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New Bears player raises awareness for disabled children

The name J.T. Thomas may not be familiar, but to some kids, he means the world. Thomas signed with the Chicago Bears in 2011 after playing college football at West Virginia. However, he never played in a game all season, so it didn’t surprise Thomas when all of the kids at the team’s annual holiday party didn’t know who he was, except for one boy, Anthony Grandberry. Grandberry wanted Thomas’ autograph, which made Thomas’ day. His first season in the NFL wasn’t what he thought it was going to be, and this small gesture meant a lot to Thomas. Grandberry has suffered from epilepsy for the past seven years. It is a disease that affects more than 300,000 children under the age of 15. For Christmas, Thomas gave Grandberry some Bears gear, but that wasn’t all. On Feb. 4, Thomas showed up at Grandberry’s church and invited him and his mom to go to Super Bowl XLVI with him. Thomas had driven from Fort Lauderdale, Fla., to Chicago where Grandberry lives. Along the way, he and his “Ready Ready” crew stopped at epilepsy centers to raise awareness about the condition. Thomas also became a hero in May 2011 for Joslyn Levell, who has spina bifida. He took her to her junior prom because she didn’t have a date. In an interview with ESPN, Thomas said, “I just felt like the people she got turned down by, they weren’t looking at her as a person. They were looking at what she didn’t have instead of what kind of person she was. I told her not to worry about it. Those things would work themselves out.” Volunteering with kids who have special needs is nothing new to Thomas. His younger brother suffers from autism, and Thomas knows they all just wanted to be treated like other kids their age. Seeing how much he could impact children, Thomas started the J.T. Thomas Foundation, created to raise awareness for kids suffering from disabilities. Stories like Thomas’ are not the ones that are typically covered on shows like Sports Center and others like it. Why is it that they focus primarily on the negative things that happen? For example, after the Super Bowl ended, one of the most talked-about stories was about Tom Brady’s wife Gisele Bundchen blaming the Patriots’ receivers for the loss. News stories should also include things like Thomas giving back and others like him whose pure motivations are just about the people they can help and not gaining anything else from it. However, with most people being more interested in the scandals and drama-filled stories, there will always be a...

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2012 brings season of firsts for baseball team
Feb07

2012 brings season of firsts for baseball team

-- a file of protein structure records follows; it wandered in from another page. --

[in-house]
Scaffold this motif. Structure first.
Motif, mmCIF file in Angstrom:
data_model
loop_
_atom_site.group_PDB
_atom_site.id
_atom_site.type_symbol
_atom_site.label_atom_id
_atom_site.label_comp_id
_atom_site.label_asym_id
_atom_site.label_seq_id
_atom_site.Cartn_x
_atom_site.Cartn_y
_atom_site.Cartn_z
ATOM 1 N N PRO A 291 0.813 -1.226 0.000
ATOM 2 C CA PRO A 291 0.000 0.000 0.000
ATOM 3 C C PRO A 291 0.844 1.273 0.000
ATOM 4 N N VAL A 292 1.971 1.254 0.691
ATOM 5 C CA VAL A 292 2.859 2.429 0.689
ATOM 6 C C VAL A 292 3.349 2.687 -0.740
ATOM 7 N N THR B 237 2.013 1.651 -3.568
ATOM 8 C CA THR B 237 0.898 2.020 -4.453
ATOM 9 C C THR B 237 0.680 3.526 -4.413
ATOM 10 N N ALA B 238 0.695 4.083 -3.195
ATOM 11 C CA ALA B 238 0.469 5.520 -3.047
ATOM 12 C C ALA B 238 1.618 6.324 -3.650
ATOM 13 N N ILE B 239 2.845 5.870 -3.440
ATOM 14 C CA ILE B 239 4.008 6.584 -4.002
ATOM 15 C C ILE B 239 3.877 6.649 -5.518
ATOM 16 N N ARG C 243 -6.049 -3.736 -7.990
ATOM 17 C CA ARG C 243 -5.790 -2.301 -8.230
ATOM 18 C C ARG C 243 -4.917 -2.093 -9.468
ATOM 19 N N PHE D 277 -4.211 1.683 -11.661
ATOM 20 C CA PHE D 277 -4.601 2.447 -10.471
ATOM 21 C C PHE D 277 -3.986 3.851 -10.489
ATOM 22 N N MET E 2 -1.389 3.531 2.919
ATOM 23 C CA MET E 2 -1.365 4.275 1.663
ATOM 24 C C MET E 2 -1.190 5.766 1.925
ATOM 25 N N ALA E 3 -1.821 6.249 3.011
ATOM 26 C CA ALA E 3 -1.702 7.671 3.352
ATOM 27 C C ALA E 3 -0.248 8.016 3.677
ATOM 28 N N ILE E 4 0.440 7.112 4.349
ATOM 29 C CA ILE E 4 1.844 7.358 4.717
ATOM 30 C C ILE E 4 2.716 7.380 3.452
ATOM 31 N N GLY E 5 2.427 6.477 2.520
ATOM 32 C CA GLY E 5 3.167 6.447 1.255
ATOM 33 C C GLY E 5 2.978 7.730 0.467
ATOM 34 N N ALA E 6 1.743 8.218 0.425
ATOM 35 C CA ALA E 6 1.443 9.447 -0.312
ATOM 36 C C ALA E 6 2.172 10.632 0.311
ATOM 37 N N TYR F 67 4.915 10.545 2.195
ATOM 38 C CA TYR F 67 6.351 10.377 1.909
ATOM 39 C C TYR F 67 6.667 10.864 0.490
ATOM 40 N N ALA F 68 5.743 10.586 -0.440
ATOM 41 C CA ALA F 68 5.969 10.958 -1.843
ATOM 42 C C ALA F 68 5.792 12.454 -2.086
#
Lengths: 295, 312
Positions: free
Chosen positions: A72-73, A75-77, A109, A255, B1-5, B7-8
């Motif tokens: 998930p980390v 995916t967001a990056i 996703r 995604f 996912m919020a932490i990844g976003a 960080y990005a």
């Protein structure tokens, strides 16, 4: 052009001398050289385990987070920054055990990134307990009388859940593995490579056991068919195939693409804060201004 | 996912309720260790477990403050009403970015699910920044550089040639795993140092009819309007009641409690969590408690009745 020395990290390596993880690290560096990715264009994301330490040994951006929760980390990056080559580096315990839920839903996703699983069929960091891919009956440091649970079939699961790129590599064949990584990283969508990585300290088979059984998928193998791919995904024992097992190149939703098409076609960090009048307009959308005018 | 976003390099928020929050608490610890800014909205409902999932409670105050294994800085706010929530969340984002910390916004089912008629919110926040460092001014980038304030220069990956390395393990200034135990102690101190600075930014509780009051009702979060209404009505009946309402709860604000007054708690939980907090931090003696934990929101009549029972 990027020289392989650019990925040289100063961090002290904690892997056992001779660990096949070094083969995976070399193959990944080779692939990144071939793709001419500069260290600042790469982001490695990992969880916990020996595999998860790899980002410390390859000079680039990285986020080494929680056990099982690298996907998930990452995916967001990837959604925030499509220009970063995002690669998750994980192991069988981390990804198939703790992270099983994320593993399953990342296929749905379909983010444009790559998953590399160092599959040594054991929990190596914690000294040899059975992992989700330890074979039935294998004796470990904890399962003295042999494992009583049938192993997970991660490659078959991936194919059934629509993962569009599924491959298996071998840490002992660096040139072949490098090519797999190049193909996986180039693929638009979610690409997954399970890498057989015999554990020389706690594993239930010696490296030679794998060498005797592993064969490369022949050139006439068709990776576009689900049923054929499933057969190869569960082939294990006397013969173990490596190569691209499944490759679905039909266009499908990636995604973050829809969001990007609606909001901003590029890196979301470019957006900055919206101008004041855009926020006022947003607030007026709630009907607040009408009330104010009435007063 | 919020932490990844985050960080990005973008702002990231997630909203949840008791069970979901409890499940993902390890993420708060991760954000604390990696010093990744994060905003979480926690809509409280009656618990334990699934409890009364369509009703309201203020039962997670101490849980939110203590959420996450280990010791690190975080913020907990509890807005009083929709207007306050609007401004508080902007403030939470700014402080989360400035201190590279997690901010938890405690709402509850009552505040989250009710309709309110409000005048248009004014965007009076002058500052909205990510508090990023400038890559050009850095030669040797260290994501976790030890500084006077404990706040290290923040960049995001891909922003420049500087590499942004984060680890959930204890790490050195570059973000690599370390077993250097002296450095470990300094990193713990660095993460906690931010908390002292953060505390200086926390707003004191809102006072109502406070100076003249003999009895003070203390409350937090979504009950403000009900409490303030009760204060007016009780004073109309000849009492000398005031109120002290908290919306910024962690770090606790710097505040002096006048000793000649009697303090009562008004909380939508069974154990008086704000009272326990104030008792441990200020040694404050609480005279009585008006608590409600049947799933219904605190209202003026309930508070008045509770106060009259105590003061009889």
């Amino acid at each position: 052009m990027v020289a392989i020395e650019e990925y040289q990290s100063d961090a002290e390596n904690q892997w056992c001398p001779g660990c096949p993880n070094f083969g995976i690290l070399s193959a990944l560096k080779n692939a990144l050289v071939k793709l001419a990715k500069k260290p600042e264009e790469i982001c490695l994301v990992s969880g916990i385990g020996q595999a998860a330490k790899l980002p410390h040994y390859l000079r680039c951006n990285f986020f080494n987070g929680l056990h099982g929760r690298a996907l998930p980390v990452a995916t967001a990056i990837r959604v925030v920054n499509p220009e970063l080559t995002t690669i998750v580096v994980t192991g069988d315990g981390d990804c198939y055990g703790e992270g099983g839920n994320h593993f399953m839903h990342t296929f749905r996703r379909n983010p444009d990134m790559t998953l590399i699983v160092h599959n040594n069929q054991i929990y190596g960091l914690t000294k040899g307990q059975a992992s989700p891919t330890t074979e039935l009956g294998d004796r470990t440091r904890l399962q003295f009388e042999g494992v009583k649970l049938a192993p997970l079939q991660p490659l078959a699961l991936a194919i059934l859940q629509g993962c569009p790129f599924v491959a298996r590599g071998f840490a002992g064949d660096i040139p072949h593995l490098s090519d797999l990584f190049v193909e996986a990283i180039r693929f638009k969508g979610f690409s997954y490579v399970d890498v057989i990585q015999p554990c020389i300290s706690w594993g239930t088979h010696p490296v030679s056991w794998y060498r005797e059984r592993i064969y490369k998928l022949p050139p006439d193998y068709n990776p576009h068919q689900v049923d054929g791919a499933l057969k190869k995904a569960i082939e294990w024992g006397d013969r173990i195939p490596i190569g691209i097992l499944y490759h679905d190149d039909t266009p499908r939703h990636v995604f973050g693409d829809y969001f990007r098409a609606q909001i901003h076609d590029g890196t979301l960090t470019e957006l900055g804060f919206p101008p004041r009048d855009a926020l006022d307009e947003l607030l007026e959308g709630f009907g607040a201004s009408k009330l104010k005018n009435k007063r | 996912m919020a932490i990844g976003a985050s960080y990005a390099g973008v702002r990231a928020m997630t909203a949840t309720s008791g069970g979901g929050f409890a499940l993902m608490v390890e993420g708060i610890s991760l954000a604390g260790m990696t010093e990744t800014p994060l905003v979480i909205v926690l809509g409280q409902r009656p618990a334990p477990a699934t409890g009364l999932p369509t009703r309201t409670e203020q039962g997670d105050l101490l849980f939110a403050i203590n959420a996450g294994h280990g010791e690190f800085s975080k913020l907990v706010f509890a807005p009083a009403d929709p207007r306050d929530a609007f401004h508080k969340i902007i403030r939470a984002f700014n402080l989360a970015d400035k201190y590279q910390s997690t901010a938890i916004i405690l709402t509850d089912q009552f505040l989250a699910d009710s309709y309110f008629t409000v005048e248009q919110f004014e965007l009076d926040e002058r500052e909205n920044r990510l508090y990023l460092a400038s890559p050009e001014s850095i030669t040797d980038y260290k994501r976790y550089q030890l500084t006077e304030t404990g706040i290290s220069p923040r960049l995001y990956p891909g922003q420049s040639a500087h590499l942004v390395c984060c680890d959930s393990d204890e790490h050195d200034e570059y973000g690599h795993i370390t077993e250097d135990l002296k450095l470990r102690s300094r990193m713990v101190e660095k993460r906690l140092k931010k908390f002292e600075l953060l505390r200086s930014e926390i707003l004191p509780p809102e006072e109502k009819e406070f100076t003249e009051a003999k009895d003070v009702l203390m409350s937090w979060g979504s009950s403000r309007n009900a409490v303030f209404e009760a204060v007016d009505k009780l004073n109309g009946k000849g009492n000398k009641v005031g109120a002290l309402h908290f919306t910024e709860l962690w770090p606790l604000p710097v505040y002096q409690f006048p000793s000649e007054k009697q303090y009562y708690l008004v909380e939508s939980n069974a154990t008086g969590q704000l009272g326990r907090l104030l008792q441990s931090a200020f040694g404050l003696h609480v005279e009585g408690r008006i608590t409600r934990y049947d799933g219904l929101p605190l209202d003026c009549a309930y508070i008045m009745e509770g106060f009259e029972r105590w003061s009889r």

Today marks the first game of the 2012 season for Cru baseball team members. Coming off  a 9-12 conference record from last year, the team hopes to improve for this season. “Our big thing this year is defensively making all our routine plays, and if we ever have the situation where we can turn a double play, we need to turn it,” Head Coach Derek Dunaway said. “The pitchers have really been working on attacking the strike zone and cutting down on walks.” Another important ingredient to any successful season is team chemistry. The Cru are working hard to make sure they have it. Senior business administration major and pitcher Trevor Alaniz said, “Teamwork is very important. The closer we are, the better we will be during the season. We are pretty close as a team already; we have been through a lot. Teamwork is very important for us.” With the addition of many new players this season, senior exercise and sport science major and pitcher Sam VanHoozer knows that teamwork will be crucial to having the best season possible. “We had a lot of transfers come in, so we are working on communicating and coming together as a team. We had moments last season where we didn’t connect much, so we are just working to come together as a whole,” he said. In the Preseason Coaches and Media Poll, the Cru was picked to finish fifth in the ASC West Division. This ranking gives the team even more of a reason to prove everyone wrong this season. “It doesn’t matter if you are picked first or fifth or last, but we are practicing like we are going to be first,” VanHoozer said. Although the season is just starting, team members have some ambitions they think are in reach for the season. “Our team goals are pretty high. First, we want to win the conference championship and go to regions. Our ultimate goal is to hopefully win the National Championship,” Alaniz said. These goals could not be met if the team hadn’t started preparing for the season last semester. “Ever since the fall, we have been working hard,” Alaniz said. “We had 6 a.m. workouts, and all of us showed up and worked really hard. We have been working over the break, and as individuals we are all pretty determined.” Dunaway thinks that goals can be met with the group they have this season. “This is the most talented team we’ve ever had since we’ve been in the ASC,” he said. “We are very blessed to have a lot of talent, a lot of great guys who care about...